To the Editor: Traditional research, by placing researchers apart from and above research subjects, does not readily promote genuine collaboration between researchers and study participants (1). Recently, the National Institute of Mental Health (NIMH) asserted that "establishing a research agenda that is responsive to the needs and priorities of key stakeholders is likely to increase the usefulness of research results" (2). Moreover, it is critical that such consumer input reflect the views of indigent and minority persons who constitute disproportionately large subgroups of the nation's seriously mentally ill population, especially those with schizophrenia (3).
Surprisingly, a PsycINFO search revealed no studies of the research priorities of users of psychiatric clinics during the past decade. To gain a better understanding of the priorities of this group, we conducted an exploratory study with patients of a psychiatric clinic in Brooklyn in November and December 1998. All cognitively intact patients were asked to complete an anonymous questionnaire in which they identified the five most important and five least important items from a list of 15 randomly distributed topics for psychiatric research. Respondents could add items, but rarely did so.
Over two months, 140 persons, representing 40 percent of eligible patients, completed the survey. The mean±SD age of the respondents was 46±14 years. Sixty-four percent were African Americans, of whom 28 percent were Afro-Caribbean; 19 percent were Caucasian, 14 percent were Latino, and 3 percent were from other ethnic groups. Fifty-eight percent had been in treatment five or more years. Their demographics resembled those of the entire clinic; the details have been reported previously (4).
Because the questionnaire was completed anonymously, we could not determine the respondents' diagnoses. However, excluding dementia patients, the diagnostic distribution of patients at the clinic was schizophrenia, 31 percent; affective disorder, 36 percent; anxiety disorder, 22 percent; and other diagnoses, 12 percent.
Six items were ranked as most important by 40 percent or more of the respondents. These items called for more research on brain chemicals that cause mental illness (61 percent), how society affects mental illness (46 percent), drugs to treat mental illness (44 percent), family therapy as a treatment for mental illness (41 percent), the effects of poverty on mental illness (41 percent), and the use of vocational training and rehabilitation for mentally ill persons (40 percent). A principal components factor analysis with varimax rotation indicated that the 15 items that were being rated for importance could be divided into four broad categories: the effects of society, poverty, and racial discrimination; the effects of brain chemicals, genetics, and drugs; the effects of family therapy and the family; and the effects of other variables.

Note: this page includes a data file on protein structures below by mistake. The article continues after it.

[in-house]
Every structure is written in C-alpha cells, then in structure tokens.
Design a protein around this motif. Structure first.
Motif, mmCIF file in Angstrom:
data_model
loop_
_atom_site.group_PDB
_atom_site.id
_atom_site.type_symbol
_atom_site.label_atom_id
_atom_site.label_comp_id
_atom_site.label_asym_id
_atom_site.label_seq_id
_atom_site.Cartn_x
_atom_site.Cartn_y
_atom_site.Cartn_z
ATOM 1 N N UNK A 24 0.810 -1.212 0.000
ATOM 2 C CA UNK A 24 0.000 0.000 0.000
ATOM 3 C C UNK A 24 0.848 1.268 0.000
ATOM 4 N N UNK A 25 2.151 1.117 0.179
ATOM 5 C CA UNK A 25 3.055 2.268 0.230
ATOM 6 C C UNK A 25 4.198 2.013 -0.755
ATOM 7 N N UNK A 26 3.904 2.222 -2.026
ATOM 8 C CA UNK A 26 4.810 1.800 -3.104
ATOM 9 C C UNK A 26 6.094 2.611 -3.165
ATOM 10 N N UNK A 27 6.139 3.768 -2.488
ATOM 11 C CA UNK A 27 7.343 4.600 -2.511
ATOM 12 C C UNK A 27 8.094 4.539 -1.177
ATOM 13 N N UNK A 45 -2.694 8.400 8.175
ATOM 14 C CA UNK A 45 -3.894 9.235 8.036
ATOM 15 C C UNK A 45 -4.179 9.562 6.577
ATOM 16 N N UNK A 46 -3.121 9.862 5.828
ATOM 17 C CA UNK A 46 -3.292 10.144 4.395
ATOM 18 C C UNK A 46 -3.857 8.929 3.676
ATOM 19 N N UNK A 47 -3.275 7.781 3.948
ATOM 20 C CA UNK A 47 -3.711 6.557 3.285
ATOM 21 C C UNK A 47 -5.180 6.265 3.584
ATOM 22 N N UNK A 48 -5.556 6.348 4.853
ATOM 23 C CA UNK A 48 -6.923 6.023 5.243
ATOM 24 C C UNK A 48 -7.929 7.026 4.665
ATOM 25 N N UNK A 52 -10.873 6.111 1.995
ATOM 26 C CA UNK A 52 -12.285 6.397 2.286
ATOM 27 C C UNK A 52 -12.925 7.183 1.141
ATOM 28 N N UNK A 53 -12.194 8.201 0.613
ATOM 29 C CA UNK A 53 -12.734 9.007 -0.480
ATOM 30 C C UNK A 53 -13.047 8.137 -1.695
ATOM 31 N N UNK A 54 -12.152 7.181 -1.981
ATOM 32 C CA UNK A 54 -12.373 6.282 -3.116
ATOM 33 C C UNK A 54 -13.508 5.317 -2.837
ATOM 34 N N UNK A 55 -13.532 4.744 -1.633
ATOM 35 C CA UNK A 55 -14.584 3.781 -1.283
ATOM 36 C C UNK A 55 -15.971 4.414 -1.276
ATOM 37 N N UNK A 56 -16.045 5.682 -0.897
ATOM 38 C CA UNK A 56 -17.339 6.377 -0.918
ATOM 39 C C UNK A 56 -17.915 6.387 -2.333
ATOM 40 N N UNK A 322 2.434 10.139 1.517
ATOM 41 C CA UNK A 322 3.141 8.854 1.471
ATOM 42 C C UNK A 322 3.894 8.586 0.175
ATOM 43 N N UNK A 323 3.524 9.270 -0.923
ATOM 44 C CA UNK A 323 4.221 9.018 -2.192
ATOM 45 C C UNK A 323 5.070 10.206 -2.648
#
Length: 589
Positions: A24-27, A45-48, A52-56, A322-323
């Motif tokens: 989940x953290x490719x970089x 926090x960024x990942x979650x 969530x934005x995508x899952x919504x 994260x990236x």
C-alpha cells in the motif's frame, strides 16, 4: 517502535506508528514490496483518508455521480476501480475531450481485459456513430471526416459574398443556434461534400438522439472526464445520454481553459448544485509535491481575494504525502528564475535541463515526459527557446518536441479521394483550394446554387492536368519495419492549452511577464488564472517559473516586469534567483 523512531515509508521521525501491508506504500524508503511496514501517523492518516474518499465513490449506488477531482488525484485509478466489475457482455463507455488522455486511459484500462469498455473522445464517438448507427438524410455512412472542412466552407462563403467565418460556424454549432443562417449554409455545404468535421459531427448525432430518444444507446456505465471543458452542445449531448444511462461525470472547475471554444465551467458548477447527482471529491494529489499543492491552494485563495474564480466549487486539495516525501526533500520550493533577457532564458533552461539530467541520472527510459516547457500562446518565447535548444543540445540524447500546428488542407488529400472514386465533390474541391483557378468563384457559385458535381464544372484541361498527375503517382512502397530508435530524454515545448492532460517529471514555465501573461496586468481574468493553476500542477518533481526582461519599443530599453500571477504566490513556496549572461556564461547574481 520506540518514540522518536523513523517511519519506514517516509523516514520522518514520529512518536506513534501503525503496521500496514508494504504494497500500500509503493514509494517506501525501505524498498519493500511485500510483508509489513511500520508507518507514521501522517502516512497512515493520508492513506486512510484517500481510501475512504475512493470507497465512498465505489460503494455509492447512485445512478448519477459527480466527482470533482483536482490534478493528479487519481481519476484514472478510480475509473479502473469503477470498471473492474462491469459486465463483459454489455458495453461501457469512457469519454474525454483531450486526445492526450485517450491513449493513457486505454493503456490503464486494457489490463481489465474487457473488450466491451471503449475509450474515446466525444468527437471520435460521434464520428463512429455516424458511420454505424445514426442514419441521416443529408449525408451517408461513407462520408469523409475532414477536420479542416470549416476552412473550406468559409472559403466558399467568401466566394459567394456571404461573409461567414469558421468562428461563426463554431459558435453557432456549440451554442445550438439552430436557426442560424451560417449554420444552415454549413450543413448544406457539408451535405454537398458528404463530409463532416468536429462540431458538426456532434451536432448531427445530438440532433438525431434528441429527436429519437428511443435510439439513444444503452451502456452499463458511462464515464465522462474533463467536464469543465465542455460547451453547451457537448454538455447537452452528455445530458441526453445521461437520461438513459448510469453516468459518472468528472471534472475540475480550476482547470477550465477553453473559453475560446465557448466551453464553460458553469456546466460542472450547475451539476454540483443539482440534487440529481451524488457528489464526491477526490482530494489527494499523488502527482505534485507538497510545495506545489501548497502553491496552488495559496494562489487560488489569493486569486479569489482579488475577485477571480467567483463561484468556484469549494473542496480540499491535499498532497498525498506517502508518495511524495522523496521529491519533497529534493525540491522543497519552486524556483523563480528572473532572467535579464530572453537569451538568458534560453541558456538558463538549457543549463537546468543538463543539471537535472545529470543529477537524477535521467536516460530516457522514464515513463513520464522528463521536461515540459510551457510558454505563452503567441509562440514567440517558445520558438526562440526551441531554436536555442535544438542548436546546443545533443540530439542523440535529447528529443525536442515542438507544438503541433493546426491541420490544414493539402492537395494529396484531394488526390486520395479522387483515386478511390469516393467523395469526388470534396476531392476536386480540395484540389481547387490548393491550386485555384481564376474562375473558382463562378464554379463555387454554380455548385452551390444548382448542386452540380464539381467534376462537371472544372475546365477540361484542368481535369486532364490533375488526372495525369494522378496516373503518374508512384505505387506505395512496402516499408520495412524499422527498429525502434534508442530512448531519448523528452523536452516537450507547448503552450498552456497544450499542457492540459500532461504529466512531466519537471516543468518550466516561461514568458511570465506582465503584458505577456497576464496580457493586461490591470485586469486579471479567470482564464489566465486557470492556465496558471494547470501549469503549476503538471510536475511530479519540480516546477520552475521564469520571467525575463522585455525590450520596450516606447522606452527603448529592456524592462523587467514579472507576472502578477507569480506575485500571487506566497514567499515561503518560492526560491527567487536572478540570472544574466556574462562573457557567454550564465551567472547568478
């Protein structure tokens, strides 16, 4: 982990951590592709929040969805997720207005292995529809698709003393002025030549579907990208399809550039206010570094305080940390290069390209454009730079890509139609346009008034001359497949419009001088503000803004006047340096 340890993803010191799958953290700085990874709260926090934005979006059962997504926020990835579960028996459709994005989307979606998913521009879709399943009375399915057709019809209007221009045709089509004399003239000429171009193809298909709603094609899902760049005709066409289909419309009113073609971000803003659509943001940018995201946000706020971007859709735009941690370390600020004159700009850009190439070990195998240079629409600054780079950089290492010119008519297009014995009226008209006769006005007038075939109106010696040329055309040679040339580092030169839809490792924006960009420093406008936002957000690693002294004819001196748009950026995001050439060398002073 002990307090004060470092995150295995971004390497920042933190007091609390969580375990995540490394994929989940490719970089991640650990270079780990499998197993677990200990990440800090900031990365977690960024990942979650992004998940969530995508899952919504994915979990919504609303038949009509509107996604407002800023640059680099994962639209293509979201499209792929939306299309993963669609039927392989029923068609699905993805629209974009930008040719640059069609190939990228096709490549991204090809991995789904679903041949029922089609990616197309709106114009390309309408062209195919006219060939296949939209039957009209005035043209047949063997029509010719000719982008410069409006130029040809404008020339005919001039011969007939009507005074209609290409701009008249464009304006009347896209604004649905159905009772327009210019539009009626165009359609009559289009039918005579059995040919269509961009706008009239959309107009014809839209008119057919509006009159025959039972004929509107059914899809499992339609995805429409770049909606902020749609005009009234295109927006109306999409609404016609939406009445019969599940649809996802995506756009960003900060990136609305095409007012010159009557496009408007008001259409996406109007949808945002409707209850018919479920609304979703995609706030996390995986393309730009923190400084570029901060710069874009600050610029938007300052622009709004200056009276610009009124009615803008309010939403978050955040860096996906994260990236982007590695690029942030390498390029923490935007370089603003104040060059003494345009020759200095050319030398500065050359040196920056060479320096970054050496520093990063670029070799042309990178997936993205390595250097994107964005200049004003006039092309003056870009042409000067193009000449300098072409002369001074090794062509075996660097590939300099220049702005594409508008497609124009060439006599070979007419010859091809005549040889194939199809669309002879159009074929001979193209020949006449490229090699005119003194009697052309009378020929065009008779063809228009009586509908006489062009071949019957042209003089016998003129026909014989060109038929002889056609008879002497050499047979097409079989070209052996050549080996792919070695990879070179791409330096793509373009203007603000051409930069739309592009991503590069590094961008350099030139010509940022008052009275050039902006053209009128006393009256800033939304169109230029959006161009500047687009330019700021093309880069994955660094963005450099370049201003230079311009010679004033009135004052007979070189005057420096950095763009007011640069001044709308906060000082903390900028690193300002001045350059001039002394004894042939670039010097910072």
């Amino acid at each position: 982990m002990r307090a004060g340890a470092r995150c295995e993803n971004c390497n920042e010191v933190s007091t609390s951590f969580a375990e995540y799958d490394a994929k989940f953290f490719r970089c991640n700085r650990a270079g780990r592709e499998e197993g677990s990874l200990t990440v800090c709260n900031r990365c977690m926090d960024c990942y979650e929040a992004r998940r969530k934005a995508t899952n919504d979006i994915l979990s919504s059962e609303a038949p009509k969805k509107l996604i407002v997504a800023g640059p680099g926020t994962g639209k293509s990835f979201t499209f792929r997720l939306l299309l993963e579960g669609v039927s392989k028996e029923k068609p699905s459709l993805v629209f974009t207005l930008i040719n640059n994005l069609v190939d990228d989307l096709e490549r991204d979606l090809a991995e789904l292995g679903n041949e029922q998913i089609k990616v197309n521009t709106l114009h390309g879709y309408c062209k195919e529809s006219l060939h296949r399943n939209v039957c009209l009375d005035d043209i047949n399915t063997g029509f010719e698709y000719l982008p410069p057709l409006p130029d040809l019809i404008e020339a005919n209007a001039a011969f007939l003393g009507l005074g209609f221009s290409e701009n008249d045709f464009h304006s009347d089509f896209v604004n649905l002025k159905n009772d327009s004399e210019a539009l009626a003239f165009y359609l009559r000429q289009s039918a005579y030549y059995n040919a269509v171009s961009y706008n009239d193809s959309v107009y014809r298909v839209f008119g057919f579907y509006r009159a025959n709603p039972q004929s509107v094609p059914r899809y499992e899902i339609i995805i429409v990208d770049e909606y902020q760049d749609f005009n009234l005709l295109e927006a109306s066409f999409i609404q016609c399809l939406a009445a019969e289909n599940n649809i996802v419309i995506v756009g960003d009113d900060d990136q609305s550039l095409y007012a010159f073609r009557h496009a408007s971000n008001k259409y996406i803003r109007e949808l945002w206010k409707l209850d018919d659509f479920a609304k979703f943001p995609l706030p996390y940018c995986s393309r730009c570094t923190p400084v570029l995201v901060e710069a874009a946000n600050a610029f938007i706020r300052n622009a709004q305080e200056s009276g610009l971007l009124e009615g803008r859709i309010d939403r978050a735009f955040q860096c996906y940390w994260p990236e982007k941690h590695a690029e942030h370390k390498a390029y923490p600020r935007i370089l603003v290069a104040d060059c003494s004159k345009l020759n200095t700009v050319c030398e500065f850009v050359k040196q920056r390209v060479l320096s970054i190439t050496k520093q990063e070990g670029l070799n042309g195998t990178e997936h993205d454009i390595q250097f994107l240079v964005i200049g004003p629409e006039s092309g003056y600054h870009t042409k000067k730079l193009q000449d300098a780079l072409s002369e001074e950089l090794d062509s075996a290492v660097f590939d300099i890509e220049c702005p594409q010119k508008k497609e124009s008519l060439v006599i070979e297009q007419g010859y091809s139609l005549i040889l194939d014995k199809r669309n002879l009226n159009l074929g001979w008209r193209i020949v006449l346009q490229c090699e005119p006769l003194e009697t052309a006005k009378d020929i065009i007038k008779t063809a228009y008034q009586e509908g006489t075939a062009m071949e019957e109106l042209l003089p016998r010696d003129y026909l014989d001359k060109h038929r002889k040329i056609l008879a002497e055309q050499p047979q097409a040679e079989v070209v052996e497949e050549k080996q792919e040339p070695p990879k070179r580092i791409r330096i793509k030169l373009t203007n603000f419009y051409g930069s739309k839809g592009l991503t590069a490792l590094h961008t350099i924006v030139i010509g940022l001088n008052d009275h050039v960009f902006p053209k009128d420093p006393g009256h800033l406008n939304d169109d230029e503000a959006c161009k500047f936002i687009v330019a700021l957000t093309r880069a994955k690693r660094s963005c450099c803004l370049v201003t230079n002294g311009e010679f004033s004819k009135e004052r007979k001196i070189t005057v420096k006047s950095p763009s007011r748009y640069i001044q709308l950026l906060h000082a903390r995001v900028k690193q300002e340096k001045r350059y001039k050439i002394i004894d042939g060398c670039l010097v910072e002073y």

The least important items were more evenly distributed, with only one item, the effects of sexism or gender discrimination on mental illness, considered least important by 40 percent or more of the respondents. Other items ranked as least important were effects of racial or ethnic discrimination on mental illness (39 percent), effects of neighborhood on mental illness (26 percent), effects of poverty and income on mental illness (25 percent), and psychotherapy for mental illness (24 percent).
This survey of one segment of the consumer population should be at least partly reassuring to the designers of the national psychiatric research agenda because the most commonly endorsed cluster of important items concerned research on brain chemicals and drugs to treat mental illness. Both of these items have been priorities of NIMH and the National Alliance for the Mentally Ill (NAMI) (2,5). However, a second cluster of responses that focused on the social etiology of mental illness, such as the effects of poverty and society, has had substantially lower priority for NIMH and NAMI. Presumably, these consumers' everyday experiences have made them keenly interested in the role social forces play in influencing psychiatric well-being. This finding suggests that greater priority should be given to understanding patients' social context and their experiential knowledge.
Dr. Cohen is professor and director of geriatric psychiatry at the State University of New York Health Science Center at Brooklyn.